Chinese State Broadcaster Moves Further Into AoIP With New 4K Studio

As IP continues to become a major part of broadcast infrastructures, replacing or working alongside older technologies such as SDI and MADI, engineers and production crews are finding new and different applications for the technology. Among them is China broadcaster CCTV (China Central Television). The network recently installed an IP-based location production system along with a 4K studio complete with 5.1 audio.

CCTV launched its - and China's - first Ultra HD channel on 1 October. This coincided with the opening of a new 4K production studio, designated E16. The video control room for this features Genelec 8430 IP networked loudspeakers for monitoring 5.1 and immersive audio signals. Located on the 49th floor of CCTV's headquarters in the Guanghua Road area of Beijing, E16 also accommodates a MADI (Multichannel Audio Digital Interface) network alongside the IP installation, which conforms to the SMPTE 2022-7 seamless protection switching standard.

The move to 4K/UHD can quadruple the amount of video data involved in a production, compared to what is common for HD. This, observes the designer of E16's audio set-up, makes the shift to IP inevitable. "The IP era has arrived," comments Zhou Fan of CCTV's sound department. "As part of the entire 4K production and broadcast system, the audio must be connected to everything by means of an IP data stream."

This is illustrated by the new studio mirroring much of what has already been done with CCTV's electronic field production (EFP) facilities. These went into operation during February this year in time for the 2018 Winter Olympics held in PyeongChang, South Korea. The EFP package includes two Lawo 32-fader mc² 56 and two 16-fader mc² 36 digital consoles using the RAVENNA audio over IP (AoIP) protocol for real-time transport of sound.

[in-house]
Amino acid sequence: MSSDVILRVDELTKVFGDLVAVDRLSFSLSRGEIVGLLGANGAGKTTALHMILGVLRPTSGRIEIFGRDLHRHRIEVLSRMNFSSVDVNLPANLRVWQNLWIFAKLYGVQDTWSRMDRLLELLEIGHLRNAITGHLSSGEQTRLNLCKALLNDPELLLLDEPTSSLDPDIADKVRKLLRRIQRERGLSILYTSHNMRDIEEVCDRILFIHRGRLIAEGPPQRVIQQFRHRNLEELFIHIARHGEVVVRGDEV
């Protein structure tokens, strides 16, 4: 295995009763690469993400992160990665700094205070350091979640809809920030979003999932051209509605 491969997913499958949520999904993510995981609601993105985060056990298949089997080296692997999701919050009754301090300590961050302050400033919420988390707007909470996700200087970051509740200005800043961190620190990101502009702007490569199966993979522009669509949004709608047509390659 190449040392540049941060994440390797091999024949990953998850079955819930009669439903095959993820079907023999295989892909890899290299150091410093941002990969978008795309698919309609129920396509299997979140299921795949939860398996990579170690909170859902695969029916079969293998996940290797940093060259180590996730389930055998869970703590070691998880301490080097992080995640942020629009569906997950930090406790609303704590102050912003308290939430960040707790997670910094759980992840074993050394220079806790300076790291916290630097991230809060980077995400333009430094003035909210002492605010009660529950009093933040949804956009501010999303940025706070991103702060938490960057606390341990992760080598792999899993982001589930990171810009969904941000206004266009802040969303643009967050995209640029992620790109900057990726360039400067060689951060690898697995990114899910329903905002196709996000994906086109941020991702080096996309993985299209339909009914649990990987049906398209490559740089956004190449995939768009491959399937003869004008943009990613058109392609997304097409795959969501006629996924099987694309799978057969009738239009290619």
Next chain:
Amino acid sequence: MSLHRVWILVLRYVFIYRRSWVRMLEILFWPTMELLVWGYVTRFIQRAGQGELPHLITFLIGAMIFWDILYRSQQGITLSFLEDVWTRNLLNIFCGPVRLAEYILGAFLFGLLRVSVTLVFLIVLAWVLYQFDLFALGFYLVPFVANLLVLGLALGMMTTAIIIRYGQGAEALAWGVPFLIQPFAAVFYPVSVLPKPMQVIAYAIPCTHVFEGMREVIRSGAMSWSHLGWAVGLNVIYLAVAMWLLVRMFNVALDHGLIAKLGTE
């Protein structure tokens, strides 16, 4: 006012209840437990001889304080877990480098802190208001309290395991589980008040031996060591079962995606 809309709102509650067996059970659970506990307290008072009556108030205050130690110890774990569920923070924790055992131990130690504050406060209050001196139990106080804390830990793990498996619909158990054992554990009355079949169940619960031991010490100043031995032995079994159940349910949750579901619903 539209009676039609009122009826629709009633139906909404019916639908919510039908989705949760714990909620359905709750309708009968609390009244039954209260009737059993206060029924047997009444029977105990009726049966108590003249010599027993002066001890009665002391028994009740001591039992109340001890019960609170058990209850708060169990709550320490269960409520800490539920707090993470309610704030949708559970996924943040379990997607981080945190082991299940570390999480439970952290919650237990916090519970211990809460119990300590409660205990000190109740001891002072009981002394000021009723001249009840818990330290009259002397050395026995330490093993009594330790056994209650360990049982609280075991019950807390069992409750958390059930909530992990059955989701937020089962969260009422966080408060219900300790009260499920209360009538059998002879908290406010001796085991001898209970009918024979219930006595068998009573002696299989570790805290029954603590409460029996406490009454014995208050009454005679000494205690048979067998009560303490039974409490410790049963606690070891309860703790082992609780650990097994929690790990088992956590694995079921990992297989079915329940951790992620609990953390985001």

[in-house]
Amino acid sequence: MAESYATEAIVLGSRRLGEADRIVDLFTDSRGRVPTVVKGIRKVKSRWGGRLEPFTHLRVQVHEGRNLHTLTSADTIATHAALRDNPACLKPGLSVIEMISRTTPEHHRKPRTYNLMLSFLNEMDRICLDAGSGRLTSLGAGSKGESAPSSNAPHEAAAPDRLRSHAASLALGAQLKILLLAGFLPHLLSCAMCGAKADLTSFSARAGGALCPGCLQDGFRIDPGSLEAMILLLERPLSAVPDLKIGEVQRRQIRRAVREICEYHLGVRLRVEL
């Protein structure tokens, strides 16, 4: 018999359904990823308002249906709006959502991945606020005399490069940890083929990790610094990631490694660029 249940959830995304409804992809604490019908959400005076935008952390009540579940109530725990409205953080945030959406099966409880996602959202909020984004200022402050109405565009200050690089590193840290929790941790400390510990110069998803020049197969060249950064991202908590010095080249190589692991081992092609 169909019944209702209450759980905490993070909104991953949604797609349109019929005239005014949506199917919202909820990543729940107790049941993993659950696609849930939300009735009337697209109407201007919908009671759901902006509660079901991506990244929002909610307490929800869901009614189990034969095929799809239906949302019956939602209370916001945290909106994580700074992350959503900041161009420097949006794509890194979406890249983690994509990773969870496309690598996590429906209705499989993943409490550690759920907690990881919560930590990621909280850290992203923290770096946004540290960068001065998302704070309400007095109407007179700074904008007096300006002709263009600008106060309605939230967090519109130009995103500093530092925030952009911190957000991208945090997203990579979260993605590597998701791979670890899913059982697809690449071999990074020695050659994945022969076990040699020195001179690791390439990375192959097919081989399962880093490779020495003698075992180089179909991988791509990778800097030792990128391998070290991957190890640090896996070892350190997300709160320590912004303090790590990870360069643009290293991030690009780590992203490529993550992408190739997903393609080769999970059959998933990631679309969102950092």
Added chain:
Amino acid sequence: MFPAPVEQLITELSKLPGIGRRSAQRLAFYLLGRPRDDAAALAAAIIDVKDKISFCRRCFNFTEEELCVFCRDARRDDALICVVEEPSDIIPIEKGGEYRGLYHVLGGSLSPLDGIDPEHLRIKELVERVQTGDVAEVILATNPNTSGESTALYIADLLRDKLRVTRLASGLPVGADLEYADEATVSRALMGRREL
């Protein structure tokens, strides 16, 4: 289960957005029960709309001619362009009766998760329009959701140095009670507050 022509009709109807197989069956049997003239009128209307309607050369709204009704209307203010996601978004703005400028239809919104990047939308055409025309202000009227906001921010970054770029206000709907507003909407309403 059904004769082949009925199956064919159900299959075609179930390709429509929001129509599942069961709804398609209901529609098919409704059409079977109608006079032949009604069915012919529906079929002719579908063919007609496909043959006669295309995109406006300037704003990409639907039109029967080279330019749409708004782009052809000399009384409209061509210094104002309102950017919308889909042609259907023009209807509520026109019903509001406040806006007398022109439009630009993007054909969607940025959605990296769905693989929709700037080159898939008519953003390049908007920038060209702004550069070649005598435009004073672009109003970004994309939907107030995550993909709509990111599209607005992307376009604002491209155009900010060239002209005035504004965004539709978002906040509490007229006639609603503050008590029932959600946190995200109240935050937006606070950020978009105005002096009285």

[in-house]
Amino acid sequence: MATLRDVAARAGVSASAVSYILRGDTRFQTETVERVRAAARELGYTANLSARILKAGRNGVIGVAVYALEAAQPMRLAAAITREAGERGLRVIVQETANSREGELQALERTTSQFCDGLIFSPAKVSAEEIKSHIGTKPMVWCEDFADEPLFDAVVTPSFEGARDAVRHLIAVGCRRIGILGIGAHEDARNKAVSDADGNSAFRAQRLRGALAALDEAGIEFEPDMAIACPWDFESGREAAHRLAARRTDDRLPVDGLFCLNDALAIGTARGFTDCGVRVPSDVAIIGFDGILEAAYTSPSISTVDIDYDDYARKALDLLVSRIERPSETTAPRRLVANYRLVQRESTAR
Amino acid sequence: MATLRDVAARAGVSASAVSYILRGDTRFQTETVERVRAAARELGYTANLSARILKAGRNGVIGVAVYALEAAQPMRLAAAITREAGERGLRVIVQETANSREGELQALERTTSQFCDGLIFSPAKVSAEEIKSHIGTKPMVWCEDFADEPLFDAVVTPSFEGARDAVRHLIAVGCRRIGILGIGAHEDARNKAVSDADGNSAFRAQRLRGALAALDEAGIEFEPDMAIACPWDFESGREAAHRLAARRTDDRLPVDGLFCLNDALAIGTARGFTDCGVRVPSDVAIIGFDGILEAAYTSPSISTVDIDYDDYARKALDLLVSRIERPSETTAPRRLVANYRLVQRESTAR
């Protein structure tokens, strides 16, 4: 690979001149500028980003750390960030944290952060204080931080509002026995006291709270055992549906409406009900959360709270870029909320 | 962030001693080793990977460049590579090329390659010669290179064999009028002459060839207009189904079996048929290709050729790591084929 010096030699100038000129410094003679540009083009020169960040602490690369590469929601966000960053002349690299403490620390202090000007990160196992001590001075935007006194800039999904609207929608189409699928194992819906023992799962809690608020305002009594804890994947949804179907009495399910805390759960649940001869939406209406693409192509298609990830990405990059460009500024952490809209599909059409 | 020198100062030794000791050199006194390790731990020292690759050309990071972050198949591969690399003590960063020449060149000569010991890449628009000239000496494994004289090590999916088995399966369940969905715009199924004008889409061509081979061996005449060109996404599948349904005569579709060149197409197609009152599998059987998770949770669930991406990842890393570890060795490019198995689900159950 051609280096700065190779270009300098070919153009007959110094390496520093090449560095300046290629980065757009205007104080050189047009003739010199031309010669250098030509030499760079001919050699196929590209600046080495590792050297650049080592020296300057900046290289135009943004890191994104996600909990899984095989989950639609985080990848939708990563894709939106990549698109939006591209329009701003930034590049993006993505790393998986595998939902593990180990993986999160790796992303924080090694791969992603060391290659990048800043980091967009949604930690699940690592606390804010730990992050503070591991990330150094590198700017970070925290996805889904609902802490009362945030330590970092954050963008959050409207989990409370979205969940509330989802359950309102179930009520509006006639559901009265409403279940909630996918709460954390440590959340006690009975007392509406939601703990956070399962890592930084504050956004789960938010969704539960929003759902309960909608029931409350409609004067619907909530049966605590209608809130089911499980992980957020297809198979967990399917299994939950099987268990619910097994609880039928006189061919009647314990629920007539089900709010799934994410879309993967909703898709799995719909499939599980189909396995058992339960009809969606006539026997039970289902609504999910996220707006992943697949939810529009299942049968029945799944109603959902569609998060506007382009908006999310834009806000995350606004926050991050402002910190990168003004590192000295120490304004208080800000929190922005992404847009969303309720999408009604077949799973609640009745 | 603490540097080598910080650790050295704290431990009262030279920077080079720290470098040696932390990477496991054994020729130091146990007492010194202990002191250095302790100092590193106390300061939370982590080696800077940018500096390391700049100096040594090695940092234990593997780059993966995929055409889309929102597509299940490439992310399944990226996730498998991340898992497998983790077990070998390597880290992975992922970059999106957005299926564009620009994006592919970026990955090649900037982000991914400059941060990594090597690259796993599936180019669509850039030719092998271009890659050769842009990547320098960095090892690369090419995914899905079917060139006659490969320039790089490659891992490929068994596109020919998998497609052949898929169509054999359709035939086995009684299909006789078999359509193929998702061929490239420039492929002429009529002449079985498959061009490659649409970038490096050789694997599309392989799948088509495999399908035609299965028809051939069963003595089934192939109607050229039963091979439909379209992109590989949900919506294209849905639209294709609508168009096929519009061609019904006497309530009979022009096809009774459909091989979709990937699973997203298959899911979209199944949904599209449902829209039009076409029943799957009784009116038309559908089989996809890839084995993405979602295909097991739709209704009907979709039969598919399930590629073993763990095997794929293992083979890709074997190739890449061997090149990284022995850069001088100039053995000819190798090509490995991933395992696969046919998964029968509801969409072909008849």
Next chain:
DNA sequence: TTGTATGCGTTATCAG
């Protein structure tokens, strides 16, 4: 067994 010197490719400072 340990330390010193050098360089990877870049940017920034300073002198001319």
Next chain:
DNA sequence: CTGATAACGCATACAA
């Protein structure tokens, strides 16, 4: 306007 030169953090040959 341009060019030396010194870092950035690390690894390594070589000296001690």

CCTV EFP audio set up, with Lawo console and Genelec monitors. Click to enlarge.

CCTV EFP audio set up, with Lawo console and Genelec monitors. Click to enlarge.

All of these feature integrated Waves SoundGrid processing and are able to handle MADI as well as RAVENNA, which is in turn compliant with the AES67 AoIP interoperability standard. Since the Olympics this set-up has been used on the Shanghai Formula 1 Grand Prix, the World Cup in Russia, the Badminton World Championships in Nanjing and the Jakarta Asia Games.

The EFP systems were put together by Hong Kong-based systems integrator and equipment distributor NDT Group, which also worked on the installation of E16. Genelec 8430 SAM (Smart Active Monitoring) IP loudspeakers were selected for EFP operations and these also feature in the new studio to provide continuity in the overall system design, providing integration of network and control functionality between locations and the broadcast centre.

The Genelec 8430 remains the only audio monitor currently on the market able to handle IP streams and provide compatibility with AES67. The 8430s installed in E16 are used in conjunction with the GLM (Genelec Loudspeaker Manager) application to simplify networking and processing. Previously any audio coming into the control room as part of a SDI composite A-V signal had to be de-embedded and then converted from digital to analogue before being passed to the monitor controller and, ultimately, individual monitor loudspeakers. By contrast, each 8430 has an integrated RJ45 network port allowing direct connectivity to switchers so IP streams can be inputted and monitored without passing through a converter.